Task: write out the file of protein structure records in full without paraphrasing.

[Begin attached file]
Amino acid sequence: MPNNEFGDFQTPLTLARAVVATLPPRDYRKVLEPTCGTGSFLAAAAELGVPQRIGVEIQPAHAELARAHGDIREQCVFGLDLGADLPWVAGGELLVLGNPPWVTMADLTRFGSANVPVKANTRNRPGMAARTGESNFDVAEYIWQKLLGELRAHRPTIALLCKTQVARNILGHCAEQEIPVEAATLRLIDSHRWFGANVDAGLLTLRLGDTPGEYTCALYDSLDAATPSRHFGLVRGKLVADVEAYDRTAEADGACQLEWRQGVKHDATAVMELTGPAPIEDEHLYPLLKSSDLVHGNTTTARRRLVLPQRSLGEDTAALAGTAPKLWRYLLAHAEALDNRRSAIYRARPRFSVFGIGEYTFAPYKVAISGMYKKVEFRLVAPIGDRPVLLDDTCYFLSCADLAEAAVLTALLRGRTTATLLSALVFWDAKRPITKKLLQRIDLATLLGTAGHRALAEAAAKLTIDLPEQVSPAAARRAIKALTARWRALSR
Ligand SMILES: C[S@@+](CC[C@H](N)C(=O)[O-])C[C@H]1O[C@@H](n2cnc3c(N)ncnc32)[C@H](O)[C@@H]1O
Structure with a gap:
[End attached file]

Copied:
Amino acid sequence: MPNNEFGDFQTPLTLARAVVATLPPRDYRKVLEPTCGTGSFLAAAAELGVPQRIGVEIQPAHAELARAHGDIREQCVFGLDLGADLPWVAGGELLVLGNPPWVTMADLTRFGSANVPVKANTRNRPGMAARTGESNFDVAEYIWQKLLGELRAHRPTIALLCKTQVARNILGHCAEQEIPVEAATLRLIDSHRWFGANVDAGLLTLRLGDTPGEYTCALYDSLDAATPSRHFGLVRGKLVADVEAYDRTAEADGACQLEWRQGVKHDATAVMELTGPAPIEDEHLYPLLKSSDLVHGNTTTARRRLVLPQRSLGEDTAALAGTAPKLWRYLLAHAEALDNRRSAIYRARPRFSVFGIGEYTFAPYKVAISGMYKKVEFRLVAPIGDRPVLLDDTCYFLSCADLAEAAVLTALLRGRTTATLLSALVFWDAKRPITKKLLQRIDLATLLGTAGHRALAEAAAKLTIDLPEQVSPAAARRAIKALTARWRALSR
Ligand SMILES: C[S@@+](CC[C@H](N)C(=O)[O-])C[C@H]1O[C@@H](n2cnc3c(N)ncnc32)[C@H](O)[C@@H]1O
Structure with a gap: